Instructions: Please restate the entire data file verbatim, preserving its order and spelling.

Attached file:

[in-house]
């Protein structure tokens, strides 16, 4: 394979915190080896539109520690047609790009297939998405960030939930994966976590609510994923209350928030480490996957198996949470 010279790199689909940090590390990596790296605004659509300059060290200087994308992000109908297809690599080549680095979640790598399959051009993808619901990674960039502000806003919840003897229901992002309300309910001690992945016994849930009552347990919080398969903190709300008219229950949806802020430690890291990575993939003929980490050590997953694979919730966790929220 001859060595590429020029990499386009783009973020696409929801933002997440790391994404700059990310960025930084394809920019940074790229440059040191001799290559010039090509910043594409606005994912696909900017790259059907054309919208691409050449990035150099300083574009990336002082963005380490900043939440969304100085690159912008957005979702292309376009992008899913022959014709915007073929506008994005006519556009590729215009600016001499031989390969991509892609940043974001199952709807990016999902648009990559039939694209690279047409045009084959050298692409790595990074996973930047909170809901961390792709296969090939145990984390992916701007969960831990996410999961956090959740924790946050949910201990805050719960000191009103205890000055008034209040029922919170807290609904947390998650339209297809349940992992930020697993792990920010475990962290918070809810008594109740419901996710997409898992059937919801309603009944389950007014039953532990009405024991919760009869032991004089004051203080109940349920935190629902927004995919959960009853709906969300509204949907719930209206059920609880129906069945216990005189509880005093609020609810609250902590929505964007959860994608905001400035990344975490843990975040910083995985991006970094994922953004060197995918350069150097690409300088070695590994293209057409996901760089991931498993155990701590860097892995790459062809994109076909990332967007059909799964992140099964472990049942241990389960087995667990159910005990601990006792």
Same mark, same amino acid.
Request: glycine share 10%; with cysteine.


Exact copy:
[in-house]
């Protein structure tokens, strides 16, 4: 394979915190080896539109520690047609790009297939998405960030939930994966976590609510994923209350928030480490996957198996949470 010279790199689909940090590390990596790296605004659509300059060290200087994308992000109908297809690599080549680095979640790598399959051009993808619901990674960039502000806003919840003897229901992002309300309910001690992945016994849930009552347990919080398969903190709300008219229950949806802020430690890291990575993939003929980490050590997953694979919730966790929220 001859060595590429020029990499386009783009973020696409929801933002997440790391994404700059990310960025930084394809920019940074790229440059040191001799290559010039090509910043594409606005994912696909900017790259059907054309919208691409050449990035150099300083574009990336002082963005380490900043939440969304100085690159912008957005979702292309376009992008899913022959014709915007073929506008994005006519556009590729215009600016001499031989390969991509892609940043974001199952709807990016999902648009990559039939694209690279047409045009084959050298692409790595990074996973930047909170809901961390792709296969090939145990984390992916701007969960831990996410999961956090959740924790946050949910201990805050719960000191009103205890000055008034209040029922919170807290609904947390998650339209297809349940992992930020697993792990920010475990962290918070809810008594109740419901996710997409898992059937919801309603009944389950007014039953532990009405024991919760009869032991004089004051203080109940349920935190629902927004995919959960009853709906969300509204949907719930209206059920609880129906069945216990005189509880005093609020609810609250902590929505964007959860994608905001400035990344975490843990975040910083995985991006970094994922953004060197995918350069150097690409300088070695590994293209057409996901760089991931498993155990701590860097892995790459062809994109076909990332967007059909799964992140099964472990049942241990389960087995667990159910005990601990006792």
Same mark, same amino acid.
Request: glycine share 10%; with cysteine.